By Eugene Polyak
Changes in the work are common on construction projects. But not all changes are handled in strict accordance with the contract’s changes clause. For contractors, it is essential to be paid for the extra work caused by changes. This can become a problem if the change has not been expressly authorized by the owner or the owner’s designated representative. Before doing extra work, contractors should make sure that the work has been properly authorized. This also does not always happen. Performing extra work without obtaining proper authorization is risky—it diminishes the likelihood of getting paid for the extra work. All, however, is not necessarily lost. This article demonstrates how the legal concepts of express, implied, and apparent authority can facilitate payment for changed work performed on a project.
The simplest way to be paid for changed work is to follow the written directions of someone expressly authorized to issue changes to the work. Ascertaining proper authorization starts with the contract. Every contract should set forth the names of the parties’ authorized representatives and should detail the extent of their authority. Ascertaining express authority is particularly important in public contracting where contractors are held to very strict standards by the courts in order to prevent misuse of public funds.
Consider the following scenario. Contractor begins work clearing the site and discovers that actual conditions do not match the site plan. The contractor calculates the discrepancy will require clearing and grading an additional acre of ground. The contractor needs a change order.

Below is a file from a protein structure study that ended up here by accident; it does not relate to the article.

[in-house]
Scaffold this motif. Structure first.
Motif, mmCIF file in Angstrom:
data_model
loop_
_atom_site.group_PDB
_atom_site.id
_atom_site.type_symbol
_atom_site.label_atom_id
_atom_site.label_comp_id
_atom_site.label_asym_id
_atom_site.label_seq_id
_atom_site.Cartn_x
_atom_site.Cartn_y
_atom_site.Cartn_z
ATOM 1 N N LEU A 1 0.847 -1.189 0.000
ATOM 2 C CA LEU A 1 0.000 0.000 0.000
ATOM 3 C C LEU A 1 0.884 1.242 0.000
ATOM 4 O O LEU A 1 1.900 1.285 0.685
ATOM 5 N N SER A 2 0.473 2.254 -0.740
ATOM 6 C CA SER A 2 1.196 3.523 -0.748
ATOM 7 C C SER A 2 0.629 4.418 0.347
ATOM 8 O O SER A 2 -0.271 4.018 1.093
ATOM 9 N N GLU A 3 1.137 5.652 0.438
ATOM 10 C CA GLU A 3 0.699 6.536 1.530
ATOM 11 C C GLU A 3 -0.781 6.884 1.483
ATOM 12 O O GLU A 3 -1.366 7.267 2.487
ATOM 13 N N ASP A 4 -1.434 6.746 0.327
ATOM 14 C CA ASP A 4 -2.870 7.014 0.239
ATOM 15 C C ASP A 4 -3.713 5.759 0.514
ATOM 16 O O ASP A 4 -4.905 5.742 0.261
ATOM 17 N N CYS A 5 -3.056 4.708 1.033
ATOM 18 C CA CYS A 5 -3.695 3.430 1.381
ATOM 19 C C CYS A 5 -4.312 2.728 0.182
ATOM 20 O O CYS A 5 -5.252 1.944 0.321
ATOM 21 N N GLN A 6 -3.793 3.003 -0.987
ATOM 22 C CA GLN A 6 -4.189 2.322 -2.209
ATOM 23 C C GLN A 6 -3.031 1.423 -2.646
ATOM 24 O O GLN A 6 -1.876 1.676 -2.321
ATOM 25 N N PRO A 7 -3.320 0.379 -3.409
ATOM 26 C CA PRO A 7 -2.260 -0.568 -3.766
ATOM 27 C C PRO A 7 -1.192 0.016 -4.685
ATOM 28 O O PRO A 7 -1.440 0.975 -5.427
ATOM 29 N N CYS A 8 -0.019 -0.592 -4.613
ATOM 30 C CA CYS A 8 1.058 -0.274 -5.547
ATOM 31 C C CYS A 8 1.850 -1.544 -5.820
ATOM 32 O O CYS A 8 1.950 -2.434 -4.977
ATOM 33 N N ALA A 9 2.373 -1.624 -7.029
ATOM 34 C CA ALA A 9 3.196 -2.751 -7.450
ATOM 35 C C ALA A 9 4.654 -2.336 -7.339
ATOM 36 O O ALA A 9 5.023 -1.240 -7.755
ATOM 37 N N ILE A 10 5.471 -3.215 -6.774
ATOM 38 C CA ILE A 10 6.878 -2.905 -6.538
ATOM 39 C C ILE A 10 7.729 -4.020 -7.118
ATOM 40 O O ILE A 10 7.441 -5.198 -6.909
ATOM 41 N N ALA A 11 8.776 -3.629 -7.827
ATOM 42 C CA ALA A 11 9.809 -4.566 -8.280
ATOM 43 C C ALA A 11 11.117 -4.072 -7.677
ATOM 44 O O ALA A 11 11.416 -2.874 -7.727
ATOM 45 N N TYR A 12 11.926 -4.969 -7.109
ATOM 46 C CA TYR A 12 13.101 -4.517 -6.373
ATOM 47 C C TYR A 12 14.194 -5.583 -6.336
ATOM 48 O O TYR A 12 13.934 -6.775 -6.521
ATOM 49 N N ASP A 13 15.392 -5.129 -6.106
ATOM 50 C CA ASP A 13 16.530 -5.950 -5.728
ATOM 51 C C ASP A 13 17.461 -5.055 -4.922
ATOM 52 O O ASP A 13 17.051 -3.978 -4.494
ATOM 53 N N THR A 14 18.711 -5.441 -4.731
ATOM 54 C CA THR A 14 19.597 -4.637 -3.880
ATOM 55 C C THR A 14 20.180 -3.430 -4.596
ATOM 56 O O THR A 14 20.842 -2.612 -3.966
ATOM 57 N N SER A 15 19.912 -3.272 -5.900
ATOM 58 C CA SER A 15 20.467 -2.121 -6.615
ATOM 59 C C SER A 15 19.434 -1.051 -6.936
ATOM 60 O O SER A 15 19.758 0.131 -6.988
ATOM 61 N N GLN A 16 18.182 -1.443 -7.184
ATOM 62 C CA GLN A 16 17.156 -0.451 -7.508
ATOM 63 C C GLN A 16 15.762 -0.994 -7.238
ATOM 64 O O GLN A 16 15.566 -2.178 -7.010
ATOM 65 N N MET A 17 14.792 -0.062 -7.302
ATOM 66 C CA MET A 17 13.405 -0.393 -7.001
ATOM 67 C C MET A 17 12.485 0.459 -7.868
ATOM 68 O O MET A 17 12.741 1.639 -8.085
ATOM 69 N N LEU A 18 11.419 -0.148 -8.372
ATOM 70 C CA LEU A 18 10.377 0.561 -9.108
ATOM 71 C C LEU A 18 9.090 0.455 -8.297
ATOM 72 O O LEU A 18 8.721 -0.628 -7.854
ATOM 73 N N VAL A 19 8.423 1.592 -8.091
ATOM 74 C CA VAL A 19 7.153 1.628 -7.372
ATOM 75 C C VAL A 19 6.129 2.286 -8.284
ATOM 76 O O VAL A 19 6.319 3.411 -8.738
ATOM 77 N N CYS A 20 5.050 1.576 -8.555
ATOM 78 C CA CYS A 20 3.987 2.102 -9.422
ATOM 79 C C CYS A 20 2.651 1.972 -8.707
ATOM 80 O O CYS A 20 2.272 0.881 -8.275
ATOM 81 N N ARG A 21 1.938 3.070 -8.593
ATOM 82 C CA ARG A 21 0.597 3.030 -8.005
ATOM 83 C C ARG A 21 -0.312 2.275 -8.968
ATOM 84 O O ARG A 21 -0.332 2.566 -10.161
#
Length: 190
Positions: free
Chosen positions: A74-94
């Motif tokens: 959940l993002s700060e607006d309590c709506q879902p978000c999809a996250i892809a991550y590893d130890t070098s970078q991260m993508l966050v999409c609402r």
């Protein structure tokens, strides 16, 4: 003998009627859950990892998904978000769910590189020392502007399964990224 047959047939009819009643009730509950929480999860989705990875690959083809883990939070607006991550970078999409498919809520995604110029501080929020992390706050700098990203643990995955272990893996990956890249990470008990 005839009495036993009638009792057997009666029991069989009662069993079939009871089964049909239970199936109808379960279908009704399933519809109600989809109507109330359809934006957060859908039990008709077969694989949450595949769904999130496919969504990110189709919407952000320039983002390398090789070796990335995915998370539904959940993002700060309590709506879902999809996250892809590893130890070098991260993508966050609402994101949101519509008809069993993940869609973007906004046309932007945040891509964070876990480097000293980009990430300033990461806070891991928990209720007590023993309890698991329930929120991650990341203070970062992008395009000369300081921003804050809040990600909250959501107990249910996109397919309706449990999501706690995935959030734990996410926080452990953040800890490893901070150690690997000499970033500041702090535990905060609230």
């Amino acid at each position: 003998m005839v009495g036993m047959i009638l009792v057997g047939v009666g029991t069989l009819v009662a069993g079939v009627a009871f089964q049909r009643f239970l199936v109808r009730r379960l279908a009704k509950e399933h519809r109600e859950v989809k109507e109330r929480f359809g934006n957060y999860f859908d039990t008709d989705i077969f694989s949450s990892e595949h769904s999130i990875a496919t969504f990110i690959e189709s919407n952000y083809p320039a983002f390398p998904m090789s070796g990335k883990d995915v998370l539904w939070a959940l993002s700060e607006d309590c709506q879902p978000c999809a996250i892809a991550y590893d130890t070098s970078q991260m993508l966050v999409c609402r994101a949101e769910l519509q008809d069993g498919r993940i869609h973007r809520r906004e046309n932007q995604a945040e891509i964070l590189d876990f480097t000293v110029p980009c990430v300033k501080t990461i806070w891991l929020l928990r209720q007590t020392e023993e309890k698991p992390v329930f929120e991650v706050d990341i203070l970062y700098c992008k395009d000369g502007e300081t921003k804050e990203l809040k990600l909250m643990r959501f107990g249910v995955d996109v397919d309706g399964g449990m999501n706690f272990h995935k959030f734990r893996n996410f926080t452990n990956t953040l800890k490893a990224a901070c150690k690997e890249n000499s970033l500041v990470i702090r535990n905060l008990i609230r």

The contract states:
The owner shall designate in writing a representative who shall have express authority to bind the owner with respect to all matters requiring the owner’s approval or authorization.
The contractor checks its file and determines the owner has never designated a representative. The contractor, who has been dealing with the owner’s architect, tells the architect there is an issue with the plans and the extra clearing and grading is going to cost more money. The architect does not agree that the plans are erroneous, but tells the contractor to do the work and states that payment will be taken care of at the end of the job. The contractor bills the owner for the changed work at the end of the job. The owner refuses to pay on the grounds that the architect did not have authority to order changes to the work.
The above hypothetical demonstrates the importance of verifying that changed work has been properly authorized. Unless the contract delegates express authority for the architect to bind the owner, the contractor should obtain the owner’s written authorization to proceed with extra work.
Having failed to obtain express authorization, the contractor may still assert implied authority; apparent authority; or ratification or estoppel to demonstrate that the work was in fact authorized and should be paid for. The bad news: the contractor will probably need to hire a lawyer to make these arguments.